The path to final approval has included considerable discussion by the Planning and Zoning Commission, and by the board of aldermen at regular board meetings and a special workshop. The focus by the board and staff has been protecting existing brick and mortar food businesses on The Strip while encouraging new business within the city.

 The only significant change from the original ordinance first considered in May involves food trucks/vendors participating during a special event. Those types of vendors can operate at city-authorized special events if the mobile unit is located totally within the property owned, occupied, or leased by the operators of the special event. It would be the responsibility of the official event organizer to recruit, monitor and control vendors present within its event space.

Two individuals representing two Lake Ozark businesses spoke in favor of food trucks as they intend to allow those types of food services on their property.

The board did vote to amend the proposed ordinance to reduce one distance regulation for food trucks from 500 feet to 300 feet of any licensed special event without the consent of the holder of the special event permit

City Attorney Chris Rohrer said he learned at a recent Missouri Municipal League conference that there have been a number of court cases dealing with the validity of food truck ordinances especially in regard to distances. He said he wanted to make the board aware that 300 feet might be more palatable to the court if there is ever any litigation regarding the ordinance.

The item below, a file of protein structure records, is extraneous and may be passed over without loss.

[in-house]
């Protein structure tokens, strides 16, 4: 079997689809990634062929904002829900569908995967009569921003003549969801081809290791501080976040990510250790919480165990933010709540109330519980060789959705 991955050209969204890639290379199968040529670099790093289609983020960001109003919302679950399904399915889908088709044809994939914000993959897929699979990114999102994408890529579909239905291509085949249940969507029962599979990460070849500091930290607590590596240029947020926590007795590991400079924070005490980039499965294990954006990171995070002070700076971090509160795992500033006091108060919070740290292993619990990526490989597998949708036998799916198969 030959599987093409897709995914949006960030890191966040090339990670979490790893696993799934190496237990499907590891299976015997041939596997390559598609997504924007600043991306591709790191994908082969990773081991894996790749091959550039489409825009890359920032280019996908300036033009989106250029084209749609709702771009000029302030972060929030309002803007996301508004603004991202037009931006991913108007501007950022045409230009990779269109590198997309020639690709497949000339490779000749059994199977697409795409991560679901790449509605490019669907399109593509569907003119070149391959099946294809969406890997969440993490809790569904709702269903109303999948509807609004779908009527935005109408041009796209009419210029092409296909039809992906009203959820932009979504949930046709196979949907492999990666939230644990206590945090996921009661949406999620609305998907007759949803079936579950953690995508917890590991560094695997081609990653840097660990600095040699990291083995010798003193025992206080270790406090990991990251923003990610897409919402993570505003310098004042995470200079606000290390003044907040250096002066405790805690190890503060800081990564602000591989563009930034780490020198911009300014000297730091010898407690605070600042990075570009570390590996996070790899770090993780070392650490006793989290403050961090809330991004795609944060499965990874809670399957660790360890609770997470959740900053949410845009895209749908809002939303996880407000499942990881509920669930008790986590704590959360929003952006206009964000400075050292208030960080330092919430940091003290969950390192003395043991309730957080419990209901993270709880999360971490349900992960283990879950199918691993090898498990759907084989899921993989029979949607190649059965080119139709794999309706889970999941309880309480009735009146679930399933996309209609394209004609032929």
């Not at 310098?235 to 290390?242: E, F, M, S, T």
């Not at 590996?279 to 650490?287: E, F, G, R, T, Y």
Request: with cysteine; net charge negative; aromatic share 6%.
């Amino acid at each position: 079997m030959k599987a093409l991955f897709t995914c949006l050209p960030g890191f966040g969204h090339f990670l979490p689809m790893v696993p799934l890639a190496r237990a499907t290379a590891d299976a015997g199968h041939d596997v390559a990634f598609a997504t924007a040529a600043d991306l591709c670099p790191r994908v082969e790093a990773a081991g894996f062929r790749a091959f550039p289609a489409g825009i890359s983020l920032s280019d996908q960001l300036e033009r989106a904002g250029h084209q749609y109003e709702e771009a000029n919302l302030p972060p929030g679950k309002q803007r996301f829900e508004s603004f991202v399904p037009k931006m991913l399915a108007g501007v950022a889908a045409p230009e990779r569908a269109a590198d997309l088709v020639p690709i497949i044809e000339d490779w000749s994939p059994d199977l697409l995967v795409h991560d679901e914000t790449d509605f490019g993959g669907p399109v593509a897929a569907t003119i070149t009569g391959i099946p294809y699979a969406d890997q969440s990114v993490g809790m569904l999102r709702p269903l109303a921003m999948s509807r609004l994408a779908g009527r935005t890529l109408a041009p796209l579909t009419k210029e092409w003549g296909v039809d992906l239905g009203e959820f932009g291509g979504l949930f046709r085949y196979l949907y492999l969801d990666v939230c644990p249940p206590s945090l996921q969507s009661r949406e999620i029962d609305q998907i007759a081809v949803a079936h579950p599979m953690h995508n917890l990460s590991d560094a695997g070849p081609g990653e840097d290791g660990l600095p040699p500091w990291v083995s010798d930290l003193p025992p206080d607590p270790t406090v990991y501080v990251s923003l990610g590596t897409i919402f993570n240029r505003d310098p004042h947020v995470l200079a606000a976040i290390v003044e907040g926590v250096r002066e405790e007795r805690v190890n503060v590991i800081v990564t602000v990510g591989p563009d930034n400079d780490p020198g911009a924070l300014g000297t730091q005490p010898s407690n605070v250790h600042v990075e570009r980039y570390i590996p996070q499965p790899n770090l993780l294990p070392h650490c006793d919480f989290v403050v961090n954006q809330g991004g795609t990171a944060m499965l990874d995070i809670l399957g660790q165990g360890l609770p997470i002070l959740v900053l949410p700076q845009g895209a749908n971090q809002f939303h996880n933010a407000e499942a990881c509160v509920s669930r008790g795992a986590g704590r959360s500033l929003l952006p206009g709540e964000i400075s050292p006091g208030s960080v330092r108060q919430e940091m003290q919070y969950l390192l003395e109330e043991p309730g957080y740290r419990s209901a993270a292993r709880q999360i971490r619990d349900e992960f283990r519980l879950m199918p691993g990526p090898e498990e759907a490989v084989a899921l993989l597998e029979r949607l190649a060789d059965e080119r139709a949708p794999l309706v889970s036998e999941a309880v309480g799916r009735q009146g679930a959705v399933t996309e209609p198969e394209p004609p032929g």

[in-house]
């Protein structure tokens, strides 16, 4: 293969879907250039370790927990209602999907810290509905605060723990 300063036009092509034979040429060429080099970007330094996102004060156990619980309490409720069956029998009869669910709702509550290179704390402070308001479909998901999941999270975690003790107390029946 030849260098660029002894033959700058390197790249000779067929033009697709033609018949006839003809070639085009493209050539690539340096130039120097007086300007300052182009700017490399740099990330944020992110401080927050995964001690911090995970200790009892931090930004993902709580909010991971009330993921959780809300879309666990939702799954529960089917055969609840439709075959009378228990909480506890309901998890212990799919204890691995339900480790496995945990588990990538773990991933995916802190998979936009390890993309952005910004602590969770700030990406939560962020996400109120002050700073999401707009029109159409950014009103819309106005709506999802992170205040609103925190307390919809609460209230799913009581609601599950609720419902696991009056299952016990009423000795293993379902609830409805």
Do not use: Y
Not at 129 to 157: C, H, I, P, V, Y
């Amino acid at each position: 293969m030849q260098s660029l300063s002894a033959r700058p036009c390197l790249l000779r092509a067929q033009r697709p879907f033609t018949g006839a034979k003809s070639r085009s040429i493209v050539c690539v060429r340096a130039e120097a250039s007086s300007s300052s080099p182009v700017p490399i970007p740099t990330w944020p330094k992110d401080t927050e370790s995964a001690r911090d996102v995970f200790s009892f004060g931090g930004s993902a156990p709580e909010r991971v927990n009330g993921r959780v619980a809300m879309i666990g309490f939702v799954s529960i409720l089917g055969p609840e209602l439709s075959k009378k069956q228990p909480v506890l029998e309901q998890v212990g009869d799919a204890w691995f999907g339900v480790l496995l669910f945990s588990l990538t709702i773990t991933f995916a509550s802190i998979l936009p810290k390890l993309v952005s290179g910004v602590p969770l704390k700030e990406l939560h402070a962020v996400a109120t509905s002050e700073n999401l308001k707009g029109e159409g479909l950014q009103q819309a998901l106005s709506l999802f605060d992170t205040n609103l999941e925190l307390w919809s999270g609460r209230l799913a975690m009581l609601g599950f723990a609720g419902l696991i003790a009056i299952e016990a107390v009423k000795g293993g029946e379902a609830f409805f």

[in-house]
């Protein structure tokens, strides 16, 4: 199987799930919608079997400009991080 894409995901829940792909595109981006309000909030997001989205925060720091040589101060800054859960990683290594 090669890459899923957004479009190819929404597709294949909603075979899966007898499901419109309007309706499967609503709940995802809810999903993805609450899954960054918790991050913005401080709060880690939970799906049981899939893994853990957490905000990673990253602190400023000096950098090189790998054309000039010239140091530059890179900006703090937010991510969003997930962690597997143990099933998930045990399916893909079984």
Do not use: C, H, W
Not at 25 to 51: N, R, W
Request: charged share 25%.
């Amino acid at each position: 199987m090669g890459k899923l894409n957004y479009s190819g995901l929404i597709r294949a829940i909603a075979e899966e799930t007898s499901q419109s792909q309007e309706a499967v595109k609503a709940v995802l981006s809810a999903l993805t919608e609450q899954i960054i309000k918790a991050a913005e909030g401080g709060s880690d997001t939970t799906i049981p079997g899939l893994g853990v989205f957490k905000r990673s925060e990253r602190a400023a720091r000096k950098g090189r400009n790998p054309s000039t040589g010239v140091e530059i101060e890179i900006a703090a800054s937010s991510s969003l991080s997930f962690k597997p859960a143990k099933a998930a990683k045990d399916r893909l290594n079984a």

In addition, a mobile food vendor cannot operate within 150 feet of the main entrance to any licensed business that sells food and/or beverages to the public. 

Other Ordinance Highlights

•Food trucks/vendors would be allowed in R-3 Multi-Family Dwelling District; C-2 General Commercial District; LMU-1 Lakefront Mixed Use District; M-1 Light Industrial District – but not the C-1 District (The Strip).

•A mobile food vehicle is a licensed, motorized vehicle (aka food truck) that includes a self-contained or attached trailer kitchen in which food is prepared, processed, or stored and the vehicle is used to sell and dispense food to the public.

•Mobile food vending activity and the locations are to be temporary and cannot be at any one location for more than 12 hours in any 24-hour period unless it as part of a special event. 

•A mobile food vendor must have a current copy of its sales tax certificate, property use consent letter, the name of the vendor and length of the permit.

•A food vendor must provide health department compliance and inspection reports, vehicle registration, a copy of the require city, county and state business licenses, and insurance and a food liability policy with $1 million limits.

•A food vendor must provide a sanitation plan approved by the city’s public works director; must provide trash and recycling containers and keep the area within 25 feet of their food vending equipment cleared of trash.

•A food vendor cannot have more than one 24×36 inch sign that is not physically attached to the food vending equipment.